Five stars, two thumbs up, and git commit. I breezed through reading Gene Kim’s “The Unicorn Project,” much like I couldn't put “The Phoenix Project” down. I love Kim’s writing style and the way he contrasts the reality of an entrenched corporate environment built for rules, stability, and process with a DevOps world that wants to meet the organizational objectives, focus on the customer, and execute the CEO’s vision.
The book, which will be available on Nov. 26, is billed as “a novel about developers, digital disruption, and thriving in the age of data.” From the beginning of lead character Maxine’s exile from a great engineering position in Parts Unlimited to the bowels of a “key” project to change the company’s trajectory, where she was then told to “lay low,” I was hooked on the storyline.
I’ve been in some of those meetings. I’ve experienced some of those frustrations. Many of the scenarios in the book reminded me of the experiences described in “Disrupted” by Dan Lyons – more so because of the reality of the tech industry.
Three takeaways from “The Unicorn Project”
1. Learn the Five Ideals
My absolute favorite part of the book was how Kim intertwined what he calls the Five Ideals throughout the entire story. In a blog, Kim describes these ideals as a way “to frame what I think are the most important problems facing engineering and business today:”
- The first ideal: Locality and simplicity
- The second ideal: Focus, flow, and joy
- The third ideal: Improvement of daily work
- The fourth ideal: Psychological safety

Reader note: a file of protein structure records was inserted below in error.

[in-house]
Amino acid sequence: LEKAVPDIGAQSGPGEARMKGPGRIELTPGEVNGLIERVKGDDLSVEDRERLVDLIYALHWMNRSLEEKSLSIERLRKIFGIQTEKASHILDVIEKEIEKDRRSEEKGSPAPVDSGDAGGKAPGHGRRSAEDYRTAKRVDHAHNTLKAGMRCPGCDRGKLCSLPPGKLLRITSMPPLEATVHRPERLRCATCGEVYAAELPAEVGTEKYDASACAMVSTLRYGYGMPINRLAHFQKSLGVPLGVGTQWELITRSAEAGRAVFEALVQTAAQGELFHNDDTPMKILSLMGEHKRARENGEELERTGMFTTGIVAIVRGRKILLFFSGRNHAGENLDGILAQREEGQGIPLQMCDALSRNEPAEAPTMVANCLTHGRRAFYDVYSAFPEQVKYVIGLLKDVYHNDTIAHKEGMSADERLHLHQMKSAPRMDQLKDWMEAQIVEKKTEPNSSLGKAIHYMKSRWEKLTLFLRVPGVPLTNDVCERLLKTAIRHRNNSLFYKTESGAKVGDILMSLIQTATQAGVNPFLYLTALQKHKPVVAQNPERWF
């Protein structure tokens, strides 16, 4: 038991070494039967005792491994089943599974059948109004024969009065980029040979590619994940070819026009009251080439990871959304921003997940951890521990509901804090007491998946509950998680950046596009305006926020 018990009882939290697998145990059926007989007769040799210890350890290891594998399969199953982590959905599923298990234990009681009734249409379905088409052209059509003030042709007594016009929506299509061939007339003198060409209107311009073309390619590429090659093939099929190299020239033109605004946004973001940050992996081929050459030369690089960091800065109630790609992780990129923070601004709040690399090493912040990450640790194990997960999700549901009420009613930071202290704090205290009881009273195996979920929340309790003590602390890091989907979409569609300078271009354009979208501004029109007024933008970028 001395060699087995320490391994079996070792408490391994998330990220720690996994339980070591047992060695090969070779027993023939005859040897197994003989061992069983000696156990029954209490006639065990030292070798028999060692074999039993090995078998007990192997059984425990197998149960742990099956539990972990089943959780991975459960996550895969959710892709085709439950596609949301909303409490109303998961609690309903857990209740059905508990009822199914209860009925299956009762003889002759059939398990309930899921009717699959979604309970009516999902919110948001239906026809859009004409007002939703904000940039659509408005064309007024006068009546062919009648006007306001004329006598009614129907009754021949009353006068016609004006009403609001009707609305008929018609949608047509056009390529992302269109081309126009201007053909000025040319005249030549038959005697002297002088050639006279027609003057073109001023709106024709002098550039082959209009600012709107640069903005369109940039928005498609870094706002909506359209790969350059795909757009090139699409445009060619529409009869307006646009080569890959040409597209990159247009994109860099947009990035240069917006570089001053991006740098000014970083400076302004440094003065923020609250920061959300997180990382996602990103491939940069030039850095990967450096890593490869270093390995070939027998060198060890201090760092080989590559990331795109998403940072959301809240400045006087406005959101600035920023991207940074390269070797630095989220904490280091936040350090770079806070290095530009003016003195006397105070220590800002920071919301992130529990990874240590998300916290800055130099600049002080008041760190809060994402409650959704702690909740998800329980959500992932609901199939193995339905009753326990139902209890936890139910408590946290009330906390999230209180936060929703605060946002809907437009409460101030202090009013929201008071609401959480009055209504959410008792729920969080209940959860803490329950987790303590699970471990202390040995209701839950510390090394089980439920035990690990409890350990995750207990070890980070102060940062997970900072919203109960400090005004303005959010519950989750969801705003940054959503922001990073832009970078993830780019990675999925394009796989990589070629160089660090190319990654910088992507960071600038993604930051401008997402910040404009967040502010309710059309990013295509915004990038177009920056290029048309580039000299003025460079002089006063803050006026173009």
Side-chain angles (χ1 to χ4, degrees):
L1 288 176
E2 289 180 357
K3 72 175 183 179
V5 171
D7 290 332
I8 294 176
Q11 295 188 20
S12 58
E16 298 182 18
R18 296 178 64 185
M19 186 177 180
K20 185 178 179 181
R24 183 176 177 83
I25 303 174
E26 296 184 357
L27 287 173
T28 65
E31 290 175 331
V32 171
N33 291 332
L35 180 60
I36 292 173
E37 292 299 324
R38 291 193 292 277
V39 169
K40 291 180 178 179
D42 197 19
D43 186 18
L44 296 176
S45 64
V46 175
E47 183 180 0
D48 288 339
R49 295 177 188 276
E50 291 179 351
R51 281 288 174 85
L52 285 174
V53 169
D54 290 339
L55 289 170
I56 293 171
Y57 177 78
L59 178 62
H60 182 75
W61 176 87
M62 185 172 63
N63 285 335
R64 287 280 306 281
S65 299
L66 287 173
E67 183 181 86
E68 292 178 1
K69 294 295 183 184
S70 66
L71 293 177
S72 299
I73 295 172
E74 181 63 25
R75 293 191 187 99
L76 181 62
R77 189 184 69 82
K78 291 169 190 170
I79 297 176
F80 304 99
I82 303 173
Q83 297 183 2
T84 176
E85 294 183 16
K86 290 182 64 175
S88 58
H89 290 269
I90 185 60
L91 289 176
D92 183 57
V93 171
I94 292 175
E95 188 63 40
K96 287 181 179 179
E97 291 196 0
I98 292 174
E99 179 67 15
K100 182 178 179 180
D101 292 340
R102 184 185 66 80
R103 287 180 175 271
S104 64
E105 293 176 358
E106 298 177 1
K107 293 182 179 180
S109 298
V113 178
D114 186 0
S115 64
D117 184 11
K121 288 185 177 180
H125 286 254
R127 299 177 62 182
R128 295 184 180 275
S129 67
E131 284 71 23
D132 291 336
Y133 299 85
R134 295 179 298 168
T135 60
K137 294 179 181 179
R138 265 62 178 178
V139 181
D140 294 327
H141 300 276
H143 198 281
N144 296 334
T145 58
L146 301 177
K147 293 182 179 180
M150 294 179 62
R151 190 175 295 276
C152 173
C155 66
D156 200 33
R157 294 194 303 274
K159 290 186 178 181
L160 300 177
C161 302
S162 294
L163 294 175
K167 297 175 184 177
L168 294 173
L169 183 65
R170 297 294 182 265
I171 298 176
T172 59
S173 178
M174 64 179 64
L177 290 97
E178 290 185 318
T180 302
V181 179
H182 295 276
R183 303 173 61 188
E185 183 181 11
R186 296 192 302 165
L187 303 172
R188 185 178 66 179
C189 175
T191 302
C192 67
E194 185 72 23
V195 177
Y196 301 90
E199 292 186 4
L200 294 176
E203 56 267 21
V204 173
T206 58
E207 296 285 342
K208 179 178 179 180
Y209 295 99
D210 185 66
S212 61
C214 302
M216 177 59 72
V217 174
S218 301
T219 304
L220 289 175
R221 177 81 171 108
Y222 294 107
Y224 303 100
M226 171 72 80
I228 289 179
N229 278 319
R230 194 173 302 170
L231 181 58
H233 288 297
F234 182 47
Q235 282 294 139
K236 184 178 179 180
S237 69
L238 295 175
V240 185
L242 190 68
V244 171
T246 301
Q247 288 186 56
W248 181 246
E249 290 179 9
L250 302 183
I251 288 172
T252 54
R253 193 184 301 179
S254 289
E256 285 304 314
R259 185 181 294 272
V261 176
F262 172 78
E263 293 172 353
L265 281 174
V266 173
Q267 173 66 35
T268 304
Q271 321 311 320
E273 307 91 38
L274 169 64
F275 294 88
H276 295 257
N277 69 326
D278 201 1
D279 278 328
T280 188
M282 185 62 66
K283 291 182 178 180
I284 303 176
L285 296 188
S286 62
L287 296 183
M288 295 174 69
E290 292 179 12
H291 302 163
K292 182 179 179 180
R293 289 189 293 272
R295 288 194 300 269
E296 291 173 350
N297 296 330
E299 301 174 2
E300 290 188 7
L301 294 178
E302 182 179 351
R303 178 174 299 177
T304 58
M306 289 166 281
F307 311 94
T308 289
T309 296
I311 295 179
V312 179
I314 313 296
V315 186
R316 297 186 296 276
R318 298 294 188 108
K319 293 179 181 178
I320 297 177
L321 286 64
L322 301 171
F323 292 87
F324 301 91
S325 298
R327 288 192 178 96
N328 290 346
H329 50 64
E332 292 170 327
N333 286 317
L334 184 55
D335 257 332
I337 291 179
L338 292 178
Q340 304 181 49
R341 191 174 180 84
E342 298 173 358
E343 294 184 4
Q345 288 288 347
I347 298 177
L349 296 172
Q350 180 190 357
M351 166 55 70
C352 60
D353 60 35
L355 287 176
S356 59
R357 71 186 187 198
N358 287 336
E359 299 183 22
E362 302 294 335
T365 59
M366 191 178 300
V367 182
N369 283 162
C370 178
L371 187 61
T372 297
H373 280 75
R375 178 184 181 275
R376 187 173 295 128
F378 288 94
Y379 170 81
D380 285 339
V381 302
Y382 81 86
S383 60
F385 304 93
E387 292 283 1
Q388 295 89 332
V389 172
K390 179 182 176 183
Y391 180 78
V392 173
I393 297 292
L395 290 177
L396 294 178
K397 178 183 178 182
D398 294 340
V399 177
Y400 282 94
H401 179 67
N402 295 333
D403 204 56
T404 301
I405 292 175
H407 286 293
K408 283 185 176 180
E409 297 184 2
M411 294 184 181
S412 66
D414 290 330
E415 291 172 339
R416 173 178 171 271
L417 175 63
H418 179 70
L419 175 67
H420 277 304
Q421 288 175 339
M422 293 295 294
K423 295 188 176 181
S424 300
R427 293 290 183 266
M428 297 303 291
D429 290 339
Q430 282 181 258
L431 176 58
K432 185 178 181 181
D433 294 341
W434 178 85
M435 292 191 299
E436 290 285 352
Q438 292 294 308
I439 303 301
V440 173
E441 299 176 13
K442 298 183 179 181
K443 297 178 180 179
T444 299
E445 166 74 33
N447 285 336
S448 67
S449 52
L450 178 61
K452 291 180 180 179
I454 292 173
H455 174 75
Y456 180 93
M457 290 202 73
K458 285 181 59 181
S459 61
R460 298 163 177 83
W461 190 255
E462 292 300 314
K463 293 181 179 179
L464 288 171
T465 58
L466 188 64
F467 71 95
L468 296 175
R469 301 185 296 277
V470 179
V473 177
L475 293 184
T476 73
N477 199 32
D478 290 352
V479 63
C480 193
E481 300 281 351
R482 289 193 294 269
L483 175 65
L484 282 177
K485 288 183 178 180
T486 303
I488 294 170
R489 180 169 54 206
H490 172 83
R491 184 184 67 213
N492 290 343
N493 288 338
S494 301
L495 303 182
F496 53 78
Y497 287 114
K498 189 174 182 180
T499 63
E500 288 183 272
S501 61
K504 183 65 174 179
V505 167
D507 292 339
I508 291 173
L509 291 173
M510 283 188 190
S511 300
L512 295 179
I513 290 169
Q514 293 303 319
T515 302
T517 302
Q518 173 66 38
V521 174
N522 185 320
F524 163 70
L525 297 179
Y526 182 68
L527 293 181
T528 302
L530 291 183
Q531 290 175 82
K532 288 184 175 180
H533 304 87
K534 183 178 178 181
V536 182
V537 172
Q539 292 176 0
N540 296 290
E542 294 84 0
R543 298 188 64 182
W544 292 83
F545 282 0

- The fifth ideal: Customer focus
The only thing I wanted more of was some of the executive conversations that happened: These helped transform the fictional Parts Unlimited organization from a stale, dying company on the brink of extinction to a learning organization lead by elite members of the IT organization, who freed themselves of archaic processes that had dug their own grave.
If your organization is not familiar with the Five Ideals, learn them now. Start to look at ways to incorporate them into your teams. There are numerous examples throughout the book that you can apply.
2. Avoid death by process
It was obvious to me, as someone who works in tech and is able to incorporate DevOps and agile practices into my everyday work, how “the Rebellion” (a group of the best and brightest engineers in the company, training in secret to become a learning organization) was able to foster change and show the organization how to execute on key business objectives. For someone who doesn’t live in that environment, or for someone who strives to work like “the Rebellion” team, this book can help lead you to a path where work can be fun, simple, safe, and rewarding.
How did the Rebellion team do it? There were many examples where they were able to “hack” the system and circumvent existing processes put in place to address past problems. The company never took the opportunity to reflect on how these rules and processes were impacting the business in a negative way.